November 7, 2008 By News Report
Photo: Homeland Security Secretary Michael Chertoff
The Department of Homeland Security's (DHS) Federal Emergency Management Agency today released Fiscal Year (FY) 2009 Application Guidance and Fact Sheet for Preparedness Grants for 14 federal grant programs, totaling more than $3 billion available in federal funding to assist state and local governments in strengthening community preparedness. More than $27 billion has been provided since 2002 to strengthen the nation's ability to prevent, protect, respond and recover from terrorist attacks, major disasters or other emergencies.
"Several years of investment have taken us largely from capability building to performance-based planning and investment," said Homeland Security Secretary Michael Chertoff. "This year's funding priorities are consistent with last year, and reflect a mature and disciplined grants program. We are now in the position of being able to inform high-threat urban areas of their target allocations ahead of time, which will go a long way in helping their applications."
DHS also for the first time announced FY 2009 targeted allocations under the State Homeland Security Program and Urban Areas Security Initiative. This is the result of direct stakeholder feedback and will assist states and urban areas in writing investment justifications that reflect available grant resources. The department will continue to use the peer review process and applicants' effectiveness scores in determining final allocations.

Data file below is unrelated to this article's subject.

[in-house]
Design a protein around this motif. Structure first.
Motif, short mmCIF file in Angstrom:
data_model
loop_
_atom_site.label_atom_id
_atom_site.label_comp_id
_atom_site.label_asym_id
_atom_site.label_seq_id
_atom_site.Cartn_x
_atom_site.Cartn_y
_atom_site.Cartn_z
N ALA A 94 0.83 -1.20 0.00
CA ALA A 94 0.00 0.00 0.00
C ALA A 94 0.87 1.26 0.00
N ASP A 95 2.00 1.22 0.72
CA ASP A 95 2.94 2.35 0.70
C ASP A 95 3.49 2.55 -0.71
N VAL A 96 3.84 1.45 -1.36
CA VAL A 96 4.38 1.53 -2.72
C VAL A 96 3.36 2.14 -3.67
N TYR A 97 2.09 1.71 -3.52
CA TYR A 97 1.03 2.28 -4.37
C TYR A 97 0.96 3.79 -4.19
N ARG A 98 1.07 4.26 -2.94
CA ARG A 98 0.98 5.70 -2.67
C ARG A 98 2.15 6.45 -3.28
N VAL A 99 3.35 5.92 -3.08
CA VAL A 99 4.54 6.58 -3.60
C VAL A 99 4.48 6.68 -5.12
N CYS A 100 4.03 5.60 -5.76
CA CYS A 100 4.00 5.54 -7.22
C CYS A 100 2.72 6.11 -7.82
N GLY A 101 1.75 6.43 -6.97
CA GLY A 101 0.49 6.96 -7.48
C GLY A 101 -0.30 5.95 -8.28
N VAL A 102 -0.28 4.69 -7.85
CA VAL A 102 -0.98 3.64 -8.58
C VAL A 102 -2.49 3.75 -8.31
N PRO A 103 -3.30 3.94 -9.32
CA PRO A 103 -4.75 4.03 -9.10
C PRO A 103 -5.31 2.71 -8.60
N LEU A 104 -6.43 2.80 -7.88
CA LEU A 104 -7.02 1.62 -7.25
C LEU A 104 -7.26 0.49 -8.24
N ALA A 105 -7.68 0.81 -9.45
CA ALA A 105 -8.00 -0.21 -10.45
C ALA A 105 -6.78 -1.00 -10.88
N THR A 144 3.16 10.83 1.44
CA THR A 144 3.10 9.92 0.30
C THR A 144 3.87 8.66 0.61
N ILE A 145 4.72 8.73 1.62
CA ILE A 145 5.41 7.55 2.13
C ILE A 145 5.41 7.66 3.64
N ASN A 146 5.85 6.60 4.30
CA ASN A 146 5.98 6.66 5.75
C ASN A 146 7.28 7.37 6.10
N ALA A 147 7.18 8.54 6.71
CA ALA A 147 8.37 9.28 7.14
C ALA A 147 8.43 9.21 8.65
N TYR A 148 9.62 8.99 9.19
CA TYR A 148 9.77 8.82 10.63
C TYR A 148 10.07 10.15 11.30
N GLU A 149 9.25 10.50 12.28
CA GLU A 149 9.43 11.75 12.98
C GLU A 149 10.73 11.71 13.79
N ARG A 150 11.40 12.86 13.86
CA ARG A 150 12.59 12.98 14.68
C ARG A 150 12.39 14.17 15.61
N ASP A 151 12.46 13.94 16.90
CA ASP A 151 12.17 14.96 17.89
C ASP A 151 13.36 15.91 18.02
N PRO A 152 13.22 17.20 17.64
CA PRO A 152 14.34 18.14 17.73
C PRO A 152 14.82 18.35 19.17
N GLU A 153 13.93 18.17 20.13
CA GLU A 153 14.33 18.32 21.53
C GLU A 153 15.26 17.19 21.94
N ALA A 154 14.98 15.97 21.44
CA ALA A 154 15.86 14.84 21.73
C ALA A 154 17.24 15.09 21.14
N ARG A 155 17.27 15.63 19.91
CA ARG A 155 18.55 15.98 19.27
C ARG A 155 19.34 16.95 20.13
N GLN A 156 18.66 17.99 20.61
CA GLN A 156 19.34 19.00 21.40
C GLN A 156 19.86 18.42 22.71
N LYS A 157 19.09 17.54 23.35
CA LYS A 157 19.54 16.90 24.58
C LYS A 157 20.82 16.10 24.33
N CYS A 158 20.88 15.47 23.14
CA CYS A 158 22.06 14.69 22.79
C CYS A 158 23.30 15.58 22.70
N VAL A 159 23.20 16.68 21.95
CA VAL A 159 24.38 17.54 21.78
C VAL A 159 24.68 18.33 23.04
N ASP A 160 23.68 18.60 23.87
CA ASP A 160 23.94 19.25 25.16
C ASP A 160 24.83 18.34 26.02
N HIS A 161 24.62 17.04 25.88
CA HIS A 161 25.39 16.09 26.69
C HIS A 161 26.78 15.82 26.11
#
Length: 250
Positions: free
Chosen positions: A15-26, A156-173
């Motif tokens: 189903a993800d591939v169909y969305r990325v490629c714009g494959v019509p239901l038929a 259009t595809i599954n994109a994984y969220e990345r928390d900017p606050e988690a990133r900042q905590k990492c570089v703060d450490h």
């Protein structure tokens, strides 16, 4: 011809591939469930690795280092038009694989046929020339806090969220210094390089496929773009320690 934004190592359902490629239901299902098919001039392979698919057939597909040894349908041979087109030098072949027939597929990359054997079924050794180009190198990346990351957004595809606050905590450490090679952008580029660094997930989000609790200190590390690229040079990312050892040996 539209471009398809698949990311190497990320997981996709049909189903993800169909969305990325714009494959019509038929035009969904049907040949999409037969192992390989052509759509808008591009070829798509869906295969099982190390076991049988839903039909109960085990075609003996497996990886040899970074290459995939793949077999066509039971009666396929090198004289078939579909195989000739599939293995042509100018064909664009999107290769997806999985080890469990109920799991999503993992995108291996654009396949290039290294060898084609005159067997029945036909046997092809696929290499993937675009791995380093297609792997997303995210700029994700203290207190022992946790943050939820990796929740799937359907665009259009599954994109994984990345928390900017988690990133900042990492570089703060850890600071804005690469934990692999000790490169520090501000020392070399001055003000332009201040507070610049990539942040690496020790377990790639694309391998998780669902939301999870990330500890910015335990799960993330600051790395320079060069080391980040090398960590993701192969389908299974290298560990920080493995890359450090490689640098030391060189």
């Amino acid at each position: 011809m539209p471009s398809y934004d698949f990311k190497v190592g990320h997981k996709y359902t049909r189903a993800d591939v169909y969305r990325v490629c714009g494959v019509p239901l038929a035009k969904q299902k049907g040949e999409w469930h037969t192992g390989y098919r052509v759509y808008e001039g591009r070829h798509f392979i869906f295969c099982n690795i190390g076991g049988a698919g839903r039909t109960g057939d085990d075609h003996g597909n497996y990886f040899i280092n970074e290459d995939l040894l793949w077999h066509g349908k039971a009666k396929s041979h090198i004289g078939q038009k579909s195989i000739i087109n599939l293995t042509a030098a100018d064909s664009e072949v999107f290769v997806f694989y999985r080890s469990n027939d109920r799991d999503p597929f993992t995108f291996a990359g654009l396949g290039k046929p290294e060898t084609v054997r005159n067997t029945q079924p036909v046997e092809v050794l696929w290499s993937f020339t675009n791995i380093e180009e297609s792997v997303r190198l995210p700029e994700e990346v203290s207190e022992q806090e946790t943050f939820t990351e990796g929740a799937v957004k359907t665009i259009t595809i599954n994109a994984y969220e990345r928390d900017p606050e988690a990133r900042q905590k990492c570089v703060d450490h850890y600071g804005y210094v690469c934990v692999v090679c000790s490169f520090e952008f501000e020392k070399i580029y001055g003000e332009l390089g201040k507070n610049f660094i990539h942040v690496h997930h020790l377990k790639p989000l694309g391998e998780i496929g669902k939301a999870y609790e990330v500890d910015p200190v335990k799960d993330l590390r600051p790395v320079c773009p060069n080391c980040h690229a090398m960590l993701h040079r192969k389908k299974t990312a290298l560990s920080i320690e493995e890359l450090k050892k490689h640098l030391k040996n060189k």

The grant program allocations for FY 2009:
All over the country, community leaders are looking to boost economic development through various initiatives. One key element in many of those initiatives is the use of information technology. When local governments build IT infrastructure, create e-government applications, assist high-tech startups or otherwise focus on technology, they create conditions that draw businesses to their communities and help retain skilled workers. This paper discusses and provides examples of these various ways local government can use technology to ultimately make a community more attractive to businesses, visitors and residents.